This is somewhat unfair, but speaks directly to our need to ensure our safety when interacting with someone new.
A recent study by a top university explained this phenomenon.
They found that the two things people sussed out immediately upon meeting someone new were: “Can I trust this person and are they credible?”
All the rest of the image-related stuff that we believe inherent in creating a good impression is completely redundant if, at first, we don’t project a trustworthy persona
This really flies in the face of all the advice which has been propounded by self-help sales gurus.
For the longest time there has been a belief that, in order to effectively sell yourself and your product, you need to work through scripted sequences. Actually, it’s never been solely about how well you’ve perfected your appearance, know your product or are able to use the correct jargon. Whilst I’m not suggesting that professional presentation is unimportant, the deciding factor on whether or not I’m going to buy whatever you’re selling will be how comfortable you make me feel as a result of your obvious sincerity and authenticity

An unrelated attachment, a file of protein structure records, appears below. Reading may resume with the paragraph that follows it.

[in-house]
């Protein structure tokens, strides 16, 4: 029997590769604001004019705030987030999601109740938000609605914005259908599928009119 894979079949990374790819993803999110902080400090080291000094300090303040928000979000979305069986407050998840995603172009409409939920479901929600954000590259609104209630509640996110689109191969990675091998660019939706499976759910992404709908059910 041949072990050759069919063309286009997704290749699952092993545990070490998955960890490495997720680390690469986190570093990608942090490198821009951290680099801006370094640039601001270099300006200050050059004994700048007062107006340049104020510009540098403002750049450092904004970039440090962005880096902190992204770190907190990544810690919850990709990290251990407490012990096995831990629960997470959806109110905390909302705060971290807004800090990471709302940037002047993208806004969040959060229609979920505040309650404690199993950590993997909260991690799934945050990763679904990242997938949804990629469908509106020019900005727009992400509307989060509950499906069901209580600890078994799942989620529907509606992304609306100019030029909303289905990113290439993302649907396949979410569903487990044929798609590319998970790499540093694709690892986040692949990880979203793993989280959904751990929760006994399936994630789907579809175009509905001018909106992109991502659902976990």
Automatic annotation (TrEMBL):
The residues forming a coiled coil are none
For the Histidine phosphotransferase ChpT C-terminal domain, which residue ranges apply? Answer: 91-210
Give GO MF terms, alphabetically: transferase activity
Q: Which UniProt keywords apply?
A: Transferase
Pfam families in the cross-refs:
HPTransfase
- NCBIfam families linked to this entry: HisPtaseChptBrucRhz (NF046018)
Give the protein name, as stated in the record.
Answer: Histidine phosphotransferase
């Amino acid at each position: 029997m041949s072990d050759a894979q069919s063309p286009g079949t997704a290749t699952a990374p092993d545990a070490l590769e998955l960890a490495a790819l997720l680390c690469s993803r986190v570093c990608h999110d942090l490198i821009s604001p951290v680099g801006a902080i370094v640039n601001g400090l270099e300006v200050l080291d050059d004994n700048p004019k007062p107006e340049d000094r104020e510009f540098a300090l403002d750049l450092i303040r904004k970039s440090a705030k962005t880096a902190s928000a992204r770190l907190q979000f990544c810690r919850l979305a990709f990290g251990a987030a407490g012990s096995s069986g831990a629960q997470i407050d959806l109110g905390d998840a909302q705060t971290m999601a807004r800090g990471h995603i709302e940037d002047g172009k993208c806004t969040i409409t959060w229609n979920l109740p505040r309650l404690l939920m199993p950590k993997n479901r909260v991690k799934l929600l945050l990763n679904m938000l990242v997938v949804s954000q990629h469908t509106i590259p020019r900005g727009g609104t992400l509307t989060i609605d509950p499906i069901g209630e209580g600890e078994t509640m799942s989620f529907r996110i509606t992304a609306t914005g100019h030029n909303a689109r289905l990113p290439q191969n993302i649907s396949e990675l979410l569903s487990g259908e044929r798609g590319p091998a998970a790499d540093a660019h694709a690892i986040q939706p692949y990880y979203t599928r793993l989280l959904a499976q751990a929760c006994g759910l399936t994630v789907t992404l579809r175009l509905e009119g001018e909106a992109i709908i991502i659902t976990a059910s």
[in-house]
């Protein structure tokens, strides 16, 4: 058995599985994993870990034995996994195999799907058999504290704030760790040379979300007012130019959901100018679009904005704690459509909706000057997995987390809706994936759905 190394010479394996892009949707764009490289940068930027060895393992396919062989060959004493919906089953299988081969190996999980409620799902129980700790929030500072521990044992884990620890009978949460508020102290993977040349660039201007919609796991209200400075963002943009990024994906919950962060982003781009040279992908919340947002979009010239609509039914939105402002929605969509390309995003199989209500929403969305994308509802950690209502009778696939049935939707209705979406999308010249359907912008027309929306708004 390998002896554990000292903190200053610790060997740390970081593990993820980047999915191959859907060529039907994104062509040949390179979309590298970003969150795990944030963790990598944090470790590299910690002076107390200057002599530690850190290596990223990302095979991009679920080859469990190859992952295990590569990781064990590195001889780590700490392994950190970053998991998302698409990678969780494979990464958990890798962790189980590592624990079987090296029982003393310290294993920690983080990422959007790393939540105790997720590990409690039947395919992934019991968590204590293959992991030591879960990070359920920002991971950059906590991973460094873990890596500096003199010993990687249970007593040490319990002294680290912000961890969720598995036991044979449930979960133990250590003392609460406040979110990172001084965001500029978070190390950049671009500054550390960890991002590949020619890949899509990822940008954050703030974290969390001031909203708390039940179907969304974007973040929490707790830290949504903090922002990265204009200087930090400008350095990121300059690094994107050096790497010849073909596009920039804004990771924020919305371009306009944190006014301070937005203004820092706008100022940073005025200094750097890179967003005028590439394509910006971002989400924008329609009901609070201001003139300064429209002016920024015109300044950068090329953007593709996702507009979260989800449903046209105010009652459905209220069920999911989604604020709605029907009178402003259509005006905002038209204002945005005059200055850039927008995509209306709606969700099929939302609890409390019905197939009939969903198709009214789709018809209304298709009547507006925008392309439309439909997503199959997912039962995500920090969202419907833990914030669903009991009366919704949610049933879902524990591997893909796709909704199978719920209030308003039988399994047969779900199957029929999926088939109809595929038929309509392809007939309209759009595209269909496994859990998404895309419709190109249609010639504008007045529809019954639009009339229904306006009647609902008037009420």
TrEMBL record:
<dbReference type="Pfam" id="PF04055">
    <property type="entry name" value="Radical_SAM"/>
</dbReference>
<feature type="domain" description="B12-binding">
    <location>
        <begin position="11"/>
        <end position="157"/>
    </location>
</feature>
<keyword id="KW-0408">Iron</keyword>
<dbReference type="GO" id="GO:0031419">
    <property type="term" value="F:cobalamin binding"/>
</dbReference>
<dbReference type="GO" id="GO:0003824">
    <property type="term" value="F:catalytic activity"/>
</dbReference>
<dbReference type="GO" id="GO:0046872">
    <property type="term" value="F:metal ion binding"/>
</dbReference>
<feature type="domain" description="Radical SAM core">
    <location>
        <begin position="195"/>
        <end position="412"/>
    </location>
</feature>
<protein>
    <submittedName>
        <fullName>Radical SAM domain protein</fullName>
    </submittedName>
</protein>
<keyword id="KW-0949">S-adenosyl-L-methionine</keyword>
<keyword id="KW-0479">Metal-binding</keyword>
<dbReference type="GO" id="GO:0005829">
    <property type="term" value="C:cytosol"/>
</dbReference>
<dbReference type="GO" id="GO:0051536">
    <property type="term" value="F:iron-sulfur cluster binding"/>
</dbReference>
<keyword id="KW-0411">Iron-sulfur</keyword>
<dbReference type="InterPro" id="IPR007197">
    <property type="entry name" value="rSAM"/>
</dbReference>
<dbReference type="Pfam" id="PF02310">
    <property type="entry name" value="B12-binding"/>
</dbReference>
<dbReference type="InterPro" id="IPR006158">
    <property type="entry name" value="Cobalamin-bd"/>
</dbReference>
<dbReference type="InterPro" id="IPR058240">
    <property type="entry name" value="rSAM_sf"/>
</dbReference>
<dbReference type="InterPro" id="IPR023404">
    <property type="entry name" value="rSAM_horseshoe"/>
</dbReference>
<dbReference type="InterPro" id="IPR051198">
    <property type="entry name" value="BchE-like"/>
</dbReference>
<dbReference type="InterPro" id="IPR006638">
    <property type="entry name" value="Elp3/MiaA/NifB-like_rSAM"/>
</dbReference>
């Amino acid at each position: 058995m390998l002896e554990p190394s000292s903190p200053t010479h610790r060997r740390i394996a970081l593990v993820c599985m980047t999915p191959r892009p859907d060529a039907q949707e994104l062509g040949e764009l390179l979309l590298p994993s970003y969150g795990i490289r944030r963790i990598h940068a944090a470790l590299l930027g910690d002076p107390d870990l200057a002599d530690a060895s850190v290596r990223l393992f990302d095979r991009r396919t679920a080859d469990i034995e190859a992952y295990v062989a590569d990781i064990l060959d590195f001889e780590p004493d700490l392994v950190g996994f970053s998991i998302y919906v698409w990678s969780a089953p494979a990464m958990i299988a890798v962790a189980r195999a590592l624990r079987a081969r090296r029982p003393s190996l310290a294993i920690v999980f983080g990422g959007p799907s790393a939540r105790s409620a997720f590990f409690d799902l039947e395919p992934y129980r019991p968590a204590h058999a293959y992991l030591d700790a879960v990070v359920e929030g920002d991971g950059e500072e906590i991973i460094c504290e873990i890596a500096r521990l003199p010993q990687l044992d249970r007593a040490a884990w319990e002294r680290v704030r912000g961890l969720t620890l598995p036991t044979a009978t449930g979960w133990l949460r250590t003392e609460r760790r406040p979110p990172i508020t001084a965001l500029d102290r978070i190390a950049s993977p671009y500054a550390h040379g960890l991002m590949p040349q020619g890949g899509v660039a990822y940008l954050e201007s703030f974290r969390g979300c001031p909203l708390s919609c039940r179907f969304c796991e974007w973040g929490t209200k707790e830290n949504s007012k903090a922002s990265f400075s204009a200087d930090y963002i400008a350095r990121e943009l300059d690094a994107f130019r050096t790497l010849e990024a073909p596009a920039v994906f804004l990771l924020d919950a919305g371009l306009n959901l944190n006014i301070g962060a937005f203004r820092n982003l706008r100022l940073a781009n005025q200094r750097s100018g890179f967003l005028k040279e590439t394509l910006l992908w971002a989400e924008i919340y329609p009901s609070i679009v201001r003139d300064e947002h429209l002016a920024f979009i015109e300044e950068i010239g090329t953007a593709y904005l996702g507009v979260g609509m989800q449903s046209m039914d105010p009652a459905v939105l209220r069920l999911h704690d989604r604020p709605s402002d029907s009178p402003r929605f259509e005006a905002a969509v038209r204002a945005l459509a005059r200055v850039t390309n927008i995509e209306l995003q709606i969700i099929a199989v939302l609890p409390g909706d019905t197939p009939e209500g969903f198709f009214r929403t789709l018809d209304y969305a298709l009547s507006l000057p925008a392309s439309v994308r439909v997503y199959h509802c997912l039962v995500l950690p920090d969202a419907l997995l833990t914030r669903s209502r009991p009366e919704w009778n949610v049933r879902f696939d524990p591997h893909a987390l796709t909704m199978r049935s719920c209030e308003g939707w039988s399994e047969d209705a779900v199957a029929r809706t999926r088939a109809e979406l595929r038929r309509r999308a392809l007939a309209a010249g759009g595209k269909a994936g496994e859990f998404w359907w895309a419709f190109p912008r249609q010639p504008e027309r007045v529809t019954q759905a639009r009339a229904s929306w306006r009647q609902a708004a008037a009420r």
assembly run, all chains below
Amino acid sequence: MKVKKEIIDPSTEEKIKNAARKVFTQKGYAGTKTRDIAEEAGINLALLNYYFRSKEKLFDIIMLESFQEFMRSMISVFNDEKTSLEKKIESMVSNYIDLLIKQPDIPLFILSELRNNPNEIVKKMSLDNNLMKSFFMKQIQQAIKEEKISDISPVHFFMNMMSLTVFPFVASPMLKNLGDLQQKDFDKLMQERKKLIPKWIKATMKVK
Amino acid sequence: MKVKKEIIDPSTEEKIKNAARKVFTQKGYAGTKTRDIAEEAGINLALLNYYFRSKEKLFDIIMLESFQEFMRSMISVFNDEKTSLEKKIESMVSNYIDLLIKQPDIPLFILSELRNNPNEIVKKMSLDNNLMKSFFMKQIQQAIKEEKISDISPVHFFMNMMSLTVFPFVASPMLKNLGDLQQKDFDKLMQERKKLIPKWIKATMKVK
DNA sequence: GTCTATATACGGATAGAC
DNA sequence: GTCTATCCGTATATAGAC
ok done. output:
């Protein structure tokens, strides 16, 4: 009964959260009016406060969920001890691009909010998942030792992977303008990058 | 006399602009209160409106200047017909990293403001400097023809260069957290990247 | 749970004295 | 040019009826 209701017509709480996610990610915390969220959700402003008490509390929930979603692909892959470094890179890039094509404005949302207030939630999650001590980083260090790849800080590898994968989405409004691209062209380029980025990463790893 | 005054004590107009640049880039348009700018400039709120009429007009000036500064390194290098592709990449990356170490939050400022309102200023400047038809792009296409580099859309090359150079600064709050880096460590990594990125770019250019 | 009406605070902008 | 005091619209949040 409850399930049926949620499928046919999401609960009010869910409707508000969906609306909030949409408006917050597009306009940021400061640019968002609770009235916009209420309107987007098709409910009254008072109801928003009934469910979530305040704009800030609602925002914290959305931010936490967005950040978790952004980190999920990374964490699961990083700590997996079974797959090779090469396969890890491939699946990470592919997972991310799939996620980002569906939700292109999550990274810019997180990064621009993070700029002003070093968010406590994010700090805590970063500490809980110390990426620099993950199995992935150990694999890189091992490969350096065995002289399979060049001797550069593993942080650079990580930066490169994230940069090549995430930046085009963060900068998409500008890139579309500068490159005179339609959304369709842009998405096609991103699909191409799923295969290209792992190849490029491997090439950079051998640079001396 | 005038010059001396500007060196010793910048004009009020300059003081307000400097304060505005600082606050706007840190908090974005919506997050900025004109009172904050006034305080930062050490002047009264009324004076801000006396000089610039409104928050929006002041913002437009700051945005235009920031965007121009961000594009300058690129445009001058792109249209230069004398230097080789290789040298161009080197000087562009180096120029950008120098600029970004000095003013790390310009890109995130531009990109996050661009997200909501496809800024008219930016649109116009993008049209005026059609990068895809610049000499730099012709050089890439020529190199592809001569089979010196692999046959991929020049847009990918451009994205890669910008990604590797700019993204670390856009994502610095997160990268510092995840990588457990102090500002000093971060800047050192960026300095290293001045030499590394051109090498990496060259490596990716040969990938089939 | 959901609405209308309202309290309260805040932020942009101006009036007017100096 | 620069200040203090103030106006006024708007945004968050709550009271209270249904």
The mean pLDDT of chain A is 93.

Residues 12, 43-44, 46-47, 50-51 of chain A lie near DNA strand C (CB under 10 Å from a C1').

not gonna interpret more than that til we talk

We tend to underestimate the humanness inherent in the person with whom we are dealing. This is totally self-defeating when we understand that people deal with people whom they like – the quality of the product or service they’re touting comes a poor second
With this in mind, remember to bring your whole self into any “sales” situation – allow your vulnerability to show in a manner that telegraphs to the other person: “I’m playing open cards with you, I’m to be trusted”.
Your credibility will automatically be established.
Staff Training is a soft skills training provider. Contact us at 0861 996 660.